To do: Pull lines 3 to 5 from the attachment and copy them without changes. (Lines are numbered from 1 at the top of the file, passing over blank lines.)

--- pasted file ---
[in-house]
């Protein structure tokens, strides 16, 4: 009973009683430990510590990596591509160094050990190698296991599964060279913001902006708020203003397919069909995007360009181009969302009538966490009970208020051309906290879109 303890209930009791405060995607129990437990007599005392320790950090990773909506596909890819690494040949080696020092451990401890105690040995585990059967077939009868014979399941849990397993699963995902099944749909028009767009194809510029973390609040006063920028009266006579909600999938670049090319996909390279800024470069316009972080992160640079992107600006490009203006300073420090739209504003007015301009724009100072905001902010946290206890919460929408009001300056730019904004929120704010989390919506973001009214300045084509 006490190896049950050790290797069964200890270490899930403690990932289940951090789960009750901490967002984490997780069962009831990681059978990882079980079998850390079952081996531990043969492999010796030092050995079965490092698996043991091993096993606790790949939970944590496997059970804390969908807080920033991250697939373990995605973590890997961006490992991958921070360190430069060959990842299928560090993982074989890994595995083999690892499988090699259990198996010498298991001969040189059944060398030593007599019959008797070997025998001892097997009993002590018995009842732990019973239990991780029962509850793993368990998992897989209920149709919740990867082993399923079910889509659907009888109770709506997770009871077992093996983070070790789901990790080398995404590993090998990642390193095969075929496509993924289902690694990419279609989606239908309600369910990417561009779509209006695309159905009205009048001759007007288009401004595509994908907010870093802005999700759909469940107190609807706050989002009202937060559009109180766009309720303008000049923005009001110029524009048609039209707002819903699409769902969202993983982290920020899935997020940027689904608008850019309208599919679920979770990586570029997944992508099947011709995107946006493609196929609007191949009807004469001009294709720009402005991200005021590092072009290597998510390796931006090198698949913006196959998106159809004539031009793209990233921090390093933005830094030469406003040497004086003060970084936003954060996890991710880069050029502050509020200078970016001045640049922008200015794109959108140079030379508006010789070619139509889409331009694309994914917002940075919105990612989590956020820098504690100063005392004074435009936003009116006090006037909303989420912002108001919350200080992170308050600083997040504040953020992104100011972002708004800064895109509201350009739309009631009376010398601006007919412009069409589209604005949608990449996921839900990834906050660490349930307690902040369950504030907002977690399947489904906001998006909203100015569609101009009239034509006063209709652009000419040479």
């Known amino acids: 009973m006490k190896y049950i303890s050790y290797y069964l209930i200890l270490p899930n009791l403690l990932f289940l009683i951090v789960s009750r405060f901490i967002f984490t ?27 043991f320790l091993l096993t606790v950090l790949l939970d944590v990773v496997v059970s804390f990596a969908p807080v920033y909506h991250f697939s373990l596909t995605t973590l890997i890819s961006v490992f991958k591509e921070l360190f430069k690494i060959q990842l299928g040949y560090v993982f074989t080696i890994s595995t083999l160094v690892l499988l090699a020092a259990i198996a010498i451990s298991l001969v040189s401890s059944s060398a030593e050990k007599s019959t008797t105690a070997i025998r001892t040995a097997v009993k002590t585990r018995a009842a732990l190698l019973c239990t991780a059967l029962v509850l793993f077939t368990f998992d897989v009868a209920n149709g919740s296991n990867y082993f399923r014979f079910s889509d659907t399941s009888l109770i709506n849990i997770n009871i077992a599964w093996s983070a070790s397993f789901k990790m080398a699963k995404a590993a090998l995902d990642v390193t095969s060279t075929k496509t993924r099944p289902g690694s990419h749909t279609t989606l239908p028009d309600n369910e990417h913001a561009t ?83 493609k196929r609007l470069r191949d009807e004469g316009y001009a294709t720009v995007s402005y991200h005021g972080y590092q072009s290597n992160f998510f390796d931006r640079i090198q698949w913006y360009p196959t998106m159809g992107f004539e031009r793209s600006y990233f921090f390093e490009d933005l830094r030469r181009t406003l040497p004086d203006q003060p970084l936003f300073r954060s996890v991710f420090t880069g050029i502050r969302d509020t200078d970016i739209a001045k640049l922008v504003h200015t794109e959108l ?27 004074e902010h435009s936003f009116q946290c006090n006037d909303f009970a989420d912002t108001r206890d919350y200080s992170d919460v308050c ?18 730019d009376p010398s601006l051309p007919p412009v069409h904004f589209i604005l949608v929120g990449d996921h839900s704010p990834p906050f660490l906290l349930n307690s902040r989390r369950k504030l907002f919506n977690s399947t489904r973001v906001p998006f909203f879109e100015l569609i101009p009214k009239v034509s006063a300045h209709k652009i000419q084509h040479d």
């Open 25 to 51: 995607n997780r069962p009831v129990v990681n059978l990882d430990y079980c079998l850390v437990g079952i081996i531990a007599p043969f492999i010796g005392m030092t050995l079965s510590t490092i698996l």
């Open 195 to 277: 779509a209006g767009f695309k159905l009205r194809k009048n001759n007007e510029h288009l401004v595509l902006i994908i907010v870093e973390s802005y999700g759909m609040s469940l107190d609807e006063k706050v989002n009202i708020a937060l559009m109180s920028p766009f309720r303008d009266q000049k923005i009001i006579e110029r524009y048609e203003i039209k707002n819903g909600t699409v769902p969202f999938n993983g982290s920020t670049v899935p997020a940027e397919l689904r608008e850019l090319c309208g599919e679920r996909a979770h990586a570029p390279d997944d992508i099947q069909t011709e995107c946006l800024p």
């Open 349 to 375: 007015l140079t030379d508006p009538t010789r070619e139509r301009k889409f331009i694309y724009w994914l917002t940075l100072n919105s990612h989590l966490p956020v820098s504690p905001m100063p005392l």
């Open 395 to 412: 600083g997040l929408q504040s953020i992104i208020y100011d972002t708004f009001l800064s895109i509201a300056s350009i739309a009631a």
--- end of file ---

């Known amino acids: 009973m006490k190896y049950i303890s050790y290797y069964l209930i200890l270490p899930n009791l403690l990932f289940l009683i951090v789960s009750r405060f901490i967002f984490t ?27 043991f320790l091993l096993t606790v950090l790949l939970d944590v990773v496997v059970s804390f990596a969908p807080v920033y909506h991250f697939s373990l596909t995605t973590l890997i890819s961006v490992f991958k591509e921070l360190f430069k690494i060959q990842l299928g040949y560090v993982f074989t080696i890994s595995t083999l160094v690892l499988l090699a020092a259990i198996a010498i451990s298991l001969v040189s401890s059944s060398a030593e050990k007599s019959t008797t105690a070997i025998r001892t040995a097997v009993k002590t585990r018995a009842a732990l190698l019973c239990t991780a059967l029962v509850l793993f077939t368990f998992d897989v009868a209920n149709g919740s296991n990867y082993f399923r014979f079910s889509d659907t399941s009888l109770i709506n849990i997770n009871i077992a599964w093996s983070a070790s397993f789901k990790m080398a699963k995404a590993a090998l995902d990642v390193t095969s060279t075929k496509t993924r099944p289902g690694s990419h749909t279609t989606l239908p028009d309600n369910e990417h913001a561009t ?83 493609k196929r609007l470069r191949d009807e004469g316009y001009a294709t720009v995007s402005y991200h005021g972080y590092q072009s290597n992160f998510f390796d931006r640079i090198q698949w913006y360009p196959t998106m159809g992107f004539e031009r793209s600006y990233f921090f390093e490009d933005l830094r030469r181009t406003l040497p004086d203006q003060p970084l936003f300073r954060s996890v991710f420090t880069g050029i502050r969302d509020t200078d970016i739209a001045k640049l922008v504003h200015t794109e959108l ?27 004074e902010h435009s936003f009116q946290c006090n006037d909303f009970a989420d912002t108001r206890d919350y200080s992170d919460v308050c ?18 730019d009376p010398s601006l051309p007919p412009v069409h904004f589209i604005l949608v929120g990449d996921h839900s704010p990834p906050f660490l906290l349930n307690s902040r989390r369950k504030l907002f919506n977690s399947t489904r973001v906001p998006f909203f879109e100015l569609i101009p009214k009239v034509s006063a300045h209709k652009i000419q084509h040479d």
């Open 25 to 51: 995607n997780r069962p009831v129990v990681n059978l990882d430990y079980c079998l850390v437990g079952i081996i531990a007599p043969f492999i010796g005392m030092t050995l079965s510590t490092i698996l």
């Open 195 to 277: 779509a209006g767009f695309k159905l009205r194809k009048n001759n007007e510029h288009l401004v595509l902006i994908i907010v870093e973390s802005y999700g759909m609040s469940l107190d609807e006063k706050v989002n009202i708020a937060l559009m109180s920028p766009f309720r303008d009266q000049k923005i009001i006579e110029r524009y048609e203003i039209k707002n819903g909600t699409v769902p969202f999938n993983g982290s920020t670049v899935p997020a940027e397919l689904r608008e850019l090319c309208g599919e679920r996909a979770h990586a570029p390279d997944d992508i099947q069909t011709e995107c946006l800024p």